Frostbite occurs when the skin and the tissue just underneath it freezes. This usually happens when a person has been outside in extremely cold temperatures. Frostbite is most common on the fingers, toes, nose, ears, cheeks, and chin, and is often accompanied by hypothermia, a dangerous drop in the body's core temperature. There are three stages of frostbite, spanning the early mild tingling sensation to permanent tissue, muscle and joint damage, and possible amputation.
The most common cause of frostbite is exposure to extremely cold temperatures without adequate protective clothing. The chance of frostbite increases dramatically in temperatures below 5 degrees Fahrenheit, even in low to moderate wind conditions. Frostbite can also occur after touching low-temperature surfaces such as ice.
Symptoms of frostbite include a cold and tingling sensation on the skin that progresses to numbness, a blue and yellow tint to the skin, hard and waxy-looking skin, clumsiness due to muscle stiffness and, in extreme cases, a blackening of the tips of fingers and toes. Blistering can also occur as the skin warms up.
Even a minor case of frostbite can have complications including increased sensitivity to cold, long-term numbness in the affected area, and a greater chance of developing frostbite in the future. More severe cases of frostbite can result in damage to the cartilage in the affected joints, infection, and gangrene (which could make it necessary to amputate a limb).
There are three distinct stages of frostbite. The first stage, the mildest, is also referred to as frostnip. People with frostnip have cold, irritated skin. The hallmark of the second stage is blisters as the skin warms. When conditions improve within these two stages, people usually have no permanent damage. The third stage affects all layers of the skin and usually results in permanent muscle and tissue damage.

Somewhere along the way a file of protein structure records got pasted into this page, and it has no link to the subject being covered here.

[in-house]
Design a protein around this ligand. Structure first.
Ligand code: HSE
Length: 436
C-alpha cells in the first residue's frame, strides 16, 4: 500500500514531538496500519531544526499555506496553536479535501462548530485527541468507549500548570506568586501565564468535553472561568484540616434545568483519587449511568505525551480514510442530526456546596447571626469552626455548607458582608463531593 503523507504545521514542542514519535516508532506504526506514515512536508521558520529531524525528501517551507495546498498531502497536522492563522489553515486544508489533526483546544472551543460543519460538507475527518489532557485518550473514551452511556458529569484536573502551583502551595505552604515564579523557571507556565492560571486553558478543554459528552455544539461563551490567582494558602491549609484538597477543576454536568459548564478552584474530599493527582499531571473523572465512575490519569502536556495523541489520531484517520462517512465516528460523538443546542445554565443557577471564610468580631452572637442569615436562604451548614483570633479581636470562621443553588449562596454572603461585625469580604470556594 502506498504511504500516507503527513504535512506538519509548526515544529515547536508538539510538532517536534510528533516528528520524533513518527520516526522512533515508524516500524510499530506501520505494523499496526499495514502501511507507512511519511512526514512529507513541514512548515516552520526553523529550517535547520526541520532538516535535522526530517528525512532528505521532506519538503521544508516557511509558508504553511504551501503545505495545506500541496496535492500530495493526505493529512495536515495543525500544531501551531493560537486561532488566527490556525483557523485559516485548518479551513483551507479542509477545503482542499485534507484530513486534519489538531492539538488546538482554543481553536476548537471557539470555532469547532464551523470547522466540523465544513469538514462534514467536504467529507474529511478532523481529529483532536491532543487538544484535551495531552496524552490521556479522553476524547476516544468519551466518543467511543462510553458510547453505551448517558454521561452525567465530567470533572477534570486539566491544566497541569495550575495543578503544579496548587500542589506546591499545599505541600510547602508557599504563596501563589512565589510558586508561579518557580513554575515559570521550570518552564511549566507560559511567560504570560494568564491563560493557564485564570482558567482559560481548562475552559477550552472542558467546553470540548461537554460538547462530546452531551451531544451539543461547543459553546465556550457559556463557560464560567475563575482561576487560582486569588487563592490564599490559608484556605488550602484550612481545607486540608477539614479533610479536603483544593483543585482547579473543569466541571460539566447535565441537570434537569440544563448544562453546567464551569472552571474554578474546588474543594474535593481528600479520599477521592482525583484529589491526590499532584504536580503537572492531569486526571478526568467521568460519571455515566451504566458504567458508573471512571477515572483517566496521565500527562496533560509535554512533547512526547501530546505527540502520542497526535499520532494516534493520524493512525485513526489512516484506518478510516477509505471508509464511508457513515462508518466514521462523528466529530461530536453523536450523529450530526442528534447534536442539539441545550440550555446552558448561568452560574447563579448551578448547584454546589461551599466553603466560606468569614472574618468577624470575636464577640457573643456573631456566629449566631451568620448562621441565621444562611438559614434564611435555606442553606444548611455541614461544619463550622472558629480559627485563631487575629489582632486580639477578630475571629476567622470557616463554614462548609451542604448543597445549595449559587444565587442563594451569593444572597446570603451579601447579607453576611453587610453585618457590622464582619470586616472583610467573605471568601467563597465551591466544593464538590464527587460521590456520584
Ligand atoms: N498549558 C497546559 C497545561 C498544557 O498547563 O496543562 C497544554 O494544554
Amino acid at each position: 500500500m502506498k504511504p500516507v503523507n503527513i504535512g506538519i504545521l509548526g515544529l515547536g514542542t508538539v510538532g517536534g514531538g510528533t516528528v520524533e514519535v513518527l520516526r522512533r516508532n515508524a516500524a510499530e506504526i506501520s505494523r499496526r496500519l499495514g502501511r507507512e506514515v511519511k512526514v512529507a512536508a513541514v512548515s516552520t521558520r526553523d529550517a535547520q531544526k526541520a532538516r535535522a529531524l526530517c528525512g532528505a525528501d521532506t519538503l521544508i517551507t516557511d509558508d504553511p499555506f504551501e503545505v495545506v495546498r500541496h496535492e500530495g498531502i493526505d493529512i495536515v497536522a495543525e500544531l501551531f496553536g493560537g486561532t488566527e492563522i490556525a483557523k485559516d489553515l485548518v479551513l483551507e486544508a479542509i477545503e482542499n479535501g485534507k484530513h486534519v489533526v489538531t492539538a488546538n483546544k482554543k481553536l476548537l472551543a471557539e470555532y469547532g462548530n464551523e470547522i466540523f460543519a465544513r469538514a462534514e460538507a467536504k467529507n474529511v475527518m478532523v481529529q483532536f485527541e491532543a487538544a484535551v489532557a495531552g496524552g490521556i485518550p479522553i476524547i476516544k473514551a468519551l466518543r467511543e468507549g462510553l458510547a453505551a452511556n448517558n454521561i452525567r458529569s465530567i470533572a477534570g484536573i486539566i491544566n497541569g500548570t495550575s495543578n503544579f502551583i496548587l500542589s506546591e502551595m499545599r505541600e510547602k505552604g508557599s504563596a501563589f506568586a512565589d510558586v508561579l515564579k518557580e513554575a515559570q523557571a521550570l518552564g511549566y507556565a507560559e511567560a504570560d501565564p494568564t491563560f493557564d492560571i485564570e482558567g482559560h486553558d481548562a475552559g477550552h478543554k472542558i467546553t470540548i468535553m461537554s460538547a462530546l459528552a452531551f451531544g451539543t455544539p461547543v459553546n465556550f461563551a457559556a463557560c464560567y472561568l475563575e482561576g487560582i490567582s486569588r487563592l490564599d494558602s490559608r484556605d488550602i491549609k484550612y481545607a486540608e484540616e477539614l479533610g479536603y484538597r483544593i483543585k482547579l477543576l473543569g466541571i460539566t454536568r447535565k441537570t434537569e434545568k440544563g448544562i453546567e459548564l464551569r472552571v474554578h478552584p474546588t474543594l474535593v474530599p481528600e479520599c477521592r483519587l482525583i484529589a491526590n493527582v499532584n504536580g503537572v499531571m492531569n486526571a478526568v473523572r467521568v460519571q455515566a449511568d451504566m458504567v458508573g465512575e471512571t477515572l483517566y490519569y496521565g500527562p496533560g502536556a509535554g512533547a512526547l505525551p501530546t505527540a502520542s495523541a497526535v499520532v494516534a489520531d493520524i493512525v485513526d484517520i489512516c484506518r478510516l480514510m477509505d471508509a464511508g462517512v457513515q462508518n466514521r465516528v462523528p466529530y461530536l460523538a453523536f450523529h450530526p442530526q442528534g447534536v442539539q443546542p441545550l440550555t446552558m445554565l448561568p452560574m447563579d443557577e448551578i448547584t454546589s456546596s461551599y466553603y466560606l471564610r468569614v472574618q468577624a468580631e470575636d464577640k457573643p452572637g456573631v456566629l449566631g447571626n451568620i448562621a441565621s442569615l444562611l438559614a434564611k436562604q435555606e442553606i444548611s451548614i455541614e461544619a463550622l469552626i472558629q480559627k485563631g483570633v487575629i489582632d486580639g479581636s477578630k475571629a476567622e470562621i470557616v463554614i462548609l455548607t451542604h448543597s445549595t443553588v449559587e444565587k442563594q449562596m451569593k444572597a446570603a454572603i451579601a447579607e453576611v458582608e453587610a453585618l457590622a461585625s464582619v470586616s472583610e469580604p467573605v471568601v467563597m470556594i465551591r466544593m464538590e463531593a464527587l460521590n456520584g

Even minor frostbite can have long-lasting effects, so it's a good idea to err on the side of caution and seek medical attention for most any case of frostbite. This is especially true if the area remains numb, even after you've been out of the cold for some time, or if your skin starts to blister and swell as it gets warmer.
Frostbite can go hand in hand with hypothermia, a dangerous condition where the body's core temperature drops too low. Signs of a medical emergency include violent shivering, slurred speech, sleepiness, or difficulty walking. Hypothermia can be fatal if untreated, so you should call 911 immediately if a person you suspect of having frostbite exhibits any of these signs.
Certain factors can increase the likelihood of developing frostbite including taking certain medications, having a chronic disease like diabetes that decreases sensation in the feet and toes, alcohol consumption, and smoking. The very old and the very young are also more susceptible to frostbite.
Doctors usually determine whether a person has frostbite by the look and feel of their skin and by taking a history of recent activities. In extreme cases, x-ray, bone scans, and MRI testing can determine if bones or muscles were damaged.
Treatment for frostbite depends on the stage and severity of the condition. The most immediate concern is often determining whether the person also has hypothermia. Remove the individual from the environment that is causing the symptoms and remove any wet clothes. Avoid applying direct heat to the affected areas, as this can cause permanent tissue damage.
There are several things a person can do to help prevent frostbite, such as limiting the amount of time spent outdoors in extremely cold temperatures. If you must be outdoors, it is best to dress in loose layers of warm clothing, covers the ears and wear insulated mittens instead of gloves.
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